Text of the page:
Sleeping Dogs 360 Review - www.impulsegamer.com -
Sleeping Dogs
Reviewed by
Edwin Millheim
on
Sleeping Dogs 360 Review. Sleeping Dogs is a tough adventure into the dark side of life. It stares into the darkness and finds something staring back.
Rating:
3.75

Gameplay 7.5
Graphics 7.5
Sound 8.0
Value 8.0
Developer: United Front Games / Square Enix London Studios
Distributor
: Namco Bandai
Review Date:
August 2012
Reviewer:
Edwin Millheim

7.7


Sleeping Dogs
(Available on XBox 360, PS3 and PC)
Reviewed on XBox 360

The folks at Square Enix sent over Sleeping Dogs for us to take a look at, so this review is for the Xbox 360 version of the game. So ok, the game has come a long way from what it was going to be. Title Changes and concepts and tweaks…Back when it was dropped from one publisher, to when it was picked up and dusted off by Square Enix. It looks like Square Enix continues to show some vision when it took on this game from United Front Games and now published, Sleeping Dogs.

While it does have some minor game play glitches (See my note on countering) none of this detracts so much from the game that it is not an enjoyable ride. It may be a one ride pony, with the allure of replaying and moving up the leader boards giving it some minor replay ability. It’s still impressive in its shining moments.

My first thought of the game as I played the interesting opening mission was “So this is what happens when True Crime and Grand Theft Auto have a prodigy love child.”

To say it’s a Grand theft Auto in china is simplification at its worst. The game of course cannot help but be compared in many ways to Grand theft Auto, but Sleeping Dogs stands on its own two feet in the gaming world and offers up some interesting things and some amusing side treks.

First off the game is brimming with atmosphere and the culture of Hong Kong. It’s not just set in Hong Kong, the developers show the love with all of the nuances that come with the setting and better yet, they get it right.

The game is set in Hong Kong a shining jewel of neon hiding the seedy underworld of the Triads, an organization with a long history in crime some say as far back as the 1700’s and founded as The Heaven and Earth Society and rumor has it had been part of the Boxer rebellion and even White lotus Society.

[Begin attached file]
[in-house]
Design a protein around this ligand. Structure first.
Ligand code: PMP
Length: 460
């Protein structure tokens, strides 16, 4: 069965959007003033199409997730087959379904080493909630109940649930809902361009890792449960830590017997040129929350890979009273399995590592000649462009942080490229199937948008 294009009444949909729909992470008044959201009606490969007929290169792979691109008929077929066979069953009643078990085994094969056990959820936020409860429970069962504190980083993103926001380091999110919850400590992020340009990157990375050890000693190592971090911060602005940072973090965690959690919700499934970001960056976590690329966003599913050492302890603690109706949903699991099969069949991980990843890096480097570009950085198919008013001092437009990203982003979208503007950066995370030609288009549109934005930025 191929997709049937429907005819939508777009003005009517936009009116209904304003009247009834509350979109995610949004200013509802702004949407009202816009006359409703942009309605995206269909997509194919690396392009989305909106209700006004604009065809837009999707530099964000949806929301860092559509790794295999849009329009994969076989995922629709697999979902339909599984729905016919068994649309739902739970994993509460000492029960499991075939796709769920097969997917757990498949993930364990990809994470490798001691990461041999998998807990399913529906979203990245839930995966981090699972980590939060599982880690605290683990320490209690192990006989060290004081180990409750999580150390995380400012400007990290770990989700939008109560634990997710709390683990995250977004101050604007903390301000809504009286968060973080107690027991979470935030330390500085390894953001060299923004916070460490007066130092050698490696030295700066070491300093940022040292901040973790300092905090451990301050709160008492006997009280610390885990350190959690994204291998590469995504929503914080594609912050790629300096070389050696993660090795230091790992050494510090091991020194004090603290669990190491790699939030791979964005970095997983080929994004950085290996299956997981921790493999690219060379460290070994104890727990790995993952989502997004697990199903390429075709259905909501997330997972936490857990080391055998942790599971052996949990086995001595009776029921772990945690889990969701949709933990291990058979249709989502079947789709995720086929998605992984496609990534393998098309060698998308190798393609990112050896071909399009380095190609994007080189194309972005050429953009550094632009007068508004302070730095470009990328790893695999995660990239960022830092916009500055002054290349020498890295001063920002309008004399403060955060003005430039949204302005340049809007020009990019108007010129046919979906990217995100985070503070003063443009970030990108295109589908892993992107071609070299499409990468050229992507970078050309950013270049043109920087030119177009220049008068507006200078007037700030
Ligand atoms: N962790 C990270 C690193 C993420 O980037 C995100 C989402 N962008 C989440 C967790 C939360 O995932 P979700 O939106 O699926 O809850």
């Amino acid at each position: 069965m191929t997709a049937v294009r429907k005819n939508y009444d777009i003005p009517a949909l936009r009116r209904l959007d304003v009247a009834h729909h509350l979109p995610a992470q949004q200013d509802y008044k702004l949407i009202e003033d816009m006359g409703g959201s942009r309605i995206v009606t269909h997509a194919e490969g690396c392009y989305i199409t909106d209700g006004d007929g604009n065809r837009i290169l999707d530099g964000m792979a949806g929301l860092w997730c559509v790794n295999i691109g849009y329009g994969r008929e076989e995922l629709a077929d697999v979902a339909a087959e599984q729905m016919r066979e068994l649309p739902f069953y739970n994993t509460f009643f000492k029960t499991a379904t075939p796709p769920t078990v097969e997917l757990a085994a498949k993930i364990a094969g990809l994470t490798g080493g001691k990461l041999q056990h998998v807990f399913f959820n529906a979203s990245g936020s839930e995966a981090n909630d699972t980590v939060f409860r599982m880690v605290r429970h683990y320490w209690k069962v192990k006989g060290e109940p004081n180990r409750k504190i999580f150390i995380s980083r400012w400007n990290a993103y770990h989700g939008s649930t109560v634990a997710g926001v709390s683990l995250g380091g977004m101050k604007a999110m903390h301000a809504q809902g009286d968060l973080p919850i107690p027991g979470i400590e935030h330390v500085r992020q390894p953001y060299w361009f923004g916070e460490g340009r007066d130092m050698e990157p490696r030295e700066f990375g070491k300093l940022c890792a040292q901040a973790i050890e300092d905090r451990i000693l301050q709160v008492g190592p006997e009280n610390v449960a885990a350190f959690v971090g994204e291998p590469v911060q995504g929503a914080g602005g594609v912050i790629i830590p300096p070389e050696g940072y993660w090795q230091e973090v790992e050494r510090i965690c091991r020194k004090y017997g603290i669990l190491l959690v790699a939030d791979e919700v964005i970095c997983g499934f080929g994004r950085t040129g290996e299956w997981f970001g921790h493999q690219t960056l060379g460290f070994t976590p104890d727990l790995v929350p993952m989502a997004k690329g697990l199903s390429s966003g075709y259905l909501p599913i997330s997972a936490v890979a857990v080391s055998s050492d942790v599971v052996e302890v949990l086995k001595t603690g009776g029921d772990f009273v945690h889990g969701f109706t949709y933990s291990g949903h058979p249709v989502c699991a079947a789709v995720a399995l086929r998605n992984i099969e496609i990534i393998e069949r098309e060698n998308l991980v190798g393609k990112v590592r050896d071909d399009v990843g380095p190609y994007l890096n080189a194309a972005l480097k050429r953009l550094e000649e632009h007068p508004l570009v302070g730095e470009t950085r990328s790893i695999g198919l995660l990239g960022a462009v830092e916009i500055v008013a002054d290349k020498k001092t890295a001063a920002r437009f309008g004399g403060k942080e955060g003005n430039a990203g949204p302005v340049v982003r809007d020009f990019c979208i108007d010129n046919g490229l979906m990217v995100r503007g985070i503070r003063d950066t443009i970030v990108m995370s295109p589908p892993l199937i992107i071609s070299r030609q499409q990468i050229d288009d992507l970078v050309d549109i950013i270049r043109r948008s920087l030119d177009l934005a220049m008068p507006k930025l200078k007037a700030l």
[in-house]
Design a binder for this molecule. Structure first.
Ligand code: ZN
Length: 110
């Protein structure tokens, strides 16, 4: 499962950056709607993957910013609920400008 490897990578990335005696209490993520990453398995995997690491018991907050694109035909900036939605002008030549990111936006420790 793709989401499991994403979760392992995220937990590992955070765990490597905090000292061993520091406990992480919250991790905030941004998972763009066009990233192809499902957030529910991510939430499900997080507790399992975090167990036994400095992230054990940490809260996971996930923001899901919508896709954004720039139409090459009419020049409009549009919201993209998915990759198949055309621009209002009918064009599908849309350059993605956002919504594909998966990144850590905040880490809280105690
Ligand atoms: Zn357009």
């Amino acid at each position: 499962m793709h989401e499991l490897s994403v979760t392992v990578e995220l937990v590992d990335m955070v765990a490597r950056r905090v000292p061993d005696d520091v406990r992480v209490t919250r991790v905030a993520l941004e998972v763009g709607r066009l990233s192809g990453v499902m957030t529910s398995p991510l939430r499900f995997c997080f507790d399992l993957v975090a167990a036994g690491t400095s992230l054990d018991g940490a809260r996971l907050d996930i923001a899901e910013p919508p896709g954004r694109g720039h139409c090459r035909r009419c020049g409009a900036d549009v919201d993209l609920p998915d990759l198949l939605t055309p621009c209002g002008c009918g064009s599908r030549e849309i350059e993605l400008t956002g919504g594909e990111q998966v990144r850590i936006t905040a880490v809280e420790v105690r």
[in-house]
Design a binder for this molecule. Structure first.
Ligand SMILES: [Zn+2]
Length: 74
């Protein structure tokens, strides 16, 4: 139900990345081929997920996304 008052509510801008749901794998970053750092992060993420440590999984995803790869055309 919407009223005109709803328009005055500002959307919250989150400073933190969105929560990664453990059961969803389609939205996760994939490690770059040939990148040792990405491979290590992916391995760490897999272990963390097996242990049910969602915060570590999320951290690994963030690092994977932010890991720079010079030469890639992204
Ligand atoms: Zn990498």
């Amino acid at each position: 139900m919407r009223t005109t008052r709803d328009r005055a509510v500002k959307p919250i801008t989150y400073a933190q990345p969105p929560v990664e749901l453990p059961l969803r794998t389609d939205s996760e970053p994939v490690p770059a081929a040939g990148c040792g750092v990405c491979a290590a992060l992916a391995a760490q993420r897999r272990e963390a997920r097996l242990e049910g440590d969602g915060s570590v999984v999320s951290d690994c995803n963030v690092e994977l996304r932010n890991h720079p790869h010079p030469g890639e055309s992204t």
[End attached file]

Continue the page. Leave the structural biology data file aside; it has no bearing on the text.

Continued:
In the game we take on the part of Wei Shen, who has one foot in the underworld and one foot in law Enforcement. As Wei Shen the lines are constantly blurred as you take on the Triads from the inside.

You have to worry at almost every turn, who to trust, how much to trust them, and if you are one step away from blowing your cover.

Sometimes the things the character has to do to survive May cross the line. It leaves you wondering just how far Wei Shen will go. His motivations are not just for law and order either, though unlike some writers I will not ruin it for you. There are some deep motivations here, and some story twists …while some of the events are predictable it does not make it any less enjoyable.

This is the good stuff that an interactive movie adventure is all about United Front Games brings the action packed tradition of Hong Kong new wave action films to the gaming world, and punches us in the face with this high impact adventure.

The game play balances through adventure with Police missions and Triad missions. After a mission Triad or Cop experience levels rise and rewards are gained as well. Advancing also gives the player a chance to unlock skill upgrades. The balance here is that say for instance you are in a shootout during a Triad mission. Just like a Police Officer, you have to be concerned with what is down range of your gunfire. Hitting city property or worse, civilians, this will result in few if any Cop points for the mission.

Since the game is dealing with Hong Kong and introduces the culture pretty well, it also includes Face and the Face meter. Face in Chinese culture can be compared to what some may call reputation. The game handles face in a simplified way. When in reality much like reputation, Face can be rather complex at time. It works hand in hand with guanxi (relations). They just don’t work separately. As noted face can be a very complex thing. You can have good Face, Lose face, Lend face and even Save Face. Though again the game handles it straight forward and more simplified. I applaud the designers for delving deep into the culture to bring something more to the table in a deeper way than just in a generic throw away. There is an older article here by John Melendez about Face and is a good read for those interested in the concept further. http://voices.yahoo.com/the-concept-face-chinese-culture-566703.html?cat=69